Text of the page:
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Roka Lebea tribe rejoice over land title deed

Written by Jauhara Khan and More Matshediso

The Roka Lebea tribe is rejoicing after finally being handed the title deeds to the place they have called home for over two centuries.The Roka Lebea tribe from the Ga-Seroka village which is near Jane Furse in the Sekhukhune district municipality in Limpopo now have full ownership of their land after receiving title deeds from the Department of Rural Development and Land Reform.

The Minister of Rural Development and Land Reform Maite Nkoana-Mashabane recently handed the title deed to the tribe leaders at the Seroka Primary School in Limpopo.

The Roka Lebea tribe is from the Ga-Seroka village, which is near Jane Furse in the Sekhukhune district municipality in Limpopo.

Their land claim was processed almost 20 years after it was lodged.

The traditional leader of the tribe, Kgoshigadi Seroka Tlakale Monica, had lodged a land claim on behalf of the tribe on 23 November 1998 with the Commission on Restitution of Land Rights. The tribe wished to acquire the formal rights to the Dingaankop 543 KS farm, which occupies 1035.5872 hectares (about 10 square kilometres). They have lived on this land from about 1800 to the present day.

The tribe was never physically removed from their home, but they have had informal unregistered rights to the land due to Section 11 of the Native Trust and Land Act of 1936, which prohibited the ownership in title or purchase of land by “natives”.

The claim has been processed under Section 3 of the Restitution of Land Rights Act of 1994.

One of the beneficiaries of the land claim, Maditau Makgwale, shared his excitement with Vuk’uzenzele.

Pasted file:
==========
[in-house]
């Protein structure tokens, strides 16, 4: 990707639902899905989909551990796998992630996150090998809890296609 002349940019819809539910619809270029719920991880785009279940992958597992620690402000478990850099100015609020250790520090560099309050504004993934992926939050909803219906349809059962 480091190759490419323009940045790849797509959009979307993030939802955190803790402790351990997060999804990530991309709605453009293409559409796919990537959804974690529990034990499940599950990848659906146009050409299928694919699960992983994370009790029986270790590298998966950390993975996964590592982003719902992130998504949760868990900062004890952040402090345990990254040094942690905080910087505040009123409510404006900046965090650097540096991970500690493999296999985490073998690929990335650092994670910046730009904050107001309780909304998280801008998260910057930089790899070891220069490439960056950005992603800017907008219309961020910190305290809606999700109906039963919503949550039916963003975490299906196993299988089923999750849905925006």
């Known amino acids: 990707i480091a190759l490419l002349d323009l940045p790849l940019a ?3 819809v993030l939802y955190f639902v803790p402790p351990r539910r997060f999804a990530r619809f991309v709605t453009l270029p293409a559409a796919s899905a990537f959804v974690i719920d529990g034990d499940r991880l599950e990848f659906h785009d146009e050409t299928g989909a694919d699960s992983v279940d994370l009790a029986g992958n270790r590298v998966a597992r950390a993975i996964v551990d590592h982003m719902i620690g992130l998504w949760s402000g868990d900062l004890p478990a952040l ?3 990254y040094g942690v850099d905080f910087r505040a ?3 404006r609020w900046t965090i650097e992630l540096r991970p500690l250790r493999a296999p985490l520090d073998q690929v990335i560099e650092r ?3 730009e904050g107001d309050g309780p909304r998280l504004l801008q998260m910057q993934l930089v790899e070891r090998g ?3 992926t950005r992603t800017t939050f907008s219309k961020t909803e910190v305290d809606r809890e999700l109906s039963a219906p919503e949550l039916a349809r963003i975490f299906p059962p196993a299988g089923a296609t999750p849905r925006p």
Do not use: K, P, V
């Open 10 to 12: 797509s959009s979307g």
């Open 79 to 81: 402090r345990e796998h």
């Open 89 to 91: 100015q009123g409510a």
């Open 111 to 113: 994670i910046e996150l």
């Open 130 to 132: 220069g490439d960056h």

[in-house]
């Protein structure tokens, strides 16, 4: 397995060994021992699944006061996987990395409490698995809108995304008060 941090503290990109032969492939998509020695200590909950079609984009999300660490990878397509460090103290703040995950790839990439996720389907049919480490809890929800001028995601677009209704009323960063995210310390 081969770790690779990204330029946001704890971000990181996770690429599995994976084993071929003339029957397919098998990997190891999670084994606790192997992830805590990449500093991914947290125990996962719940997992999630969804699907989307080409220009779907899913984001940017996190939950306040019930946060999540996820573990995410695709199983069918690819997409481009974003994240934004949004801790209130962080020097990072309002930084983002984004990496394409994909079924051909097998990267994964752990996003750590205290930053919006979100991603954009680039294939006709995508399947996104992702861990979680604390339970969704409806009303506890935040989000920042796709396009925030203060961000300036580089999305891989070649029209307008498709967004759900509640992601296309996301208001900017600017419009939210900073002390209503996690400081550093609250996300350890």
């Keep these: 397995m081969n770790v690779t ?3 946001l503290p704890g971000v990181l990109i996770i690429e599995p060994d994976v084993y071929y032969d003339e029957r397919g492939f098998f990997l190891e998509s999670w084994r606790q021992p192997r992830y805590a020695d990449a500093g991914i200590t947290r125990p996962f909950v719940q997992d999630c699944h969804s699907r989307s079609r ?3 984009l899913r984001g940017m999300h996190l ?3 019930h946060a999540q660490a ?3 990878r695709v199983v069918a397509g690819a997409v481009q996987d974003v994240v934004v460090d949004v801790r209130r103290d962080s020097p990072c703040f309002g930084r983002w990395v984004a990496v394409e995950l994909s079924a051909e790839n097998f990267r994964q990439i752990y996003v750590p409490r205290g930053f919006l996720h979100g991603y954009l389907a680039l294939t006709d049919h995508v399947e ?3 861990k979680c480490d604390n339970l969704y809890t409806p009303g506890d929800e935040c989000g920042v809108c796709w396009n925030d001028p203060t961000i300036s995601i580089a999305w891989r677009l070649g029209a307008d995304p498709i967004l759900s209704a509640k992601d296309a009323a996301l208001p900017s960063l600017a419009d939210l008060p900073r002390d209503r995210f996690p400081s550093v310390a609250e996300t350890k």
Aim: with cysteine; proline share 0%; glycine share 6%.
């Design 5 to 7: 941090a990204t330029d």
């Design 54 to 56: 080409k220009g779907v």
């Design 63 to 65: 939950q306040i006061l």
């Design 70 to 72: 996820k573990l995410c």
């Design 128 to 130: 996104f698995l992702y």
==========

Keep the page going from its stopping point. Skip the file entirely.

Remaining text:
“I am happy and proud that we have our own land, and we will be able to make a living out of it. We are planning to start agricultural projects and mining on the land, and we will continue to work together with government so that we will be able to create jobs for our people and for our children to afford educational opportunities.”

He said they would focus on crop production, but some community members also owned livestock, which gave the community a head start in their farming efforts.

“All members of our community are going to benefit from this land, especially the youth. We have about 600 people who will benefit from this title deed. The land is big enough for all of us, it is about 1035 hectares,” he said.

Makgwale discouraged the act of land grabs, which has been prevalent across the country in recent weeks. He said it was important for citizens to do things according to the law.

“Some of the people take up the land illegally but have no plans for it. It is only right to do things properly so that we can benefit from the land,” he said.

In her budget vote recently, Minister Nkoana-Mashabane said the department had already restored 3.5million hectares of land which could change the lives of those still stuck in the second economy.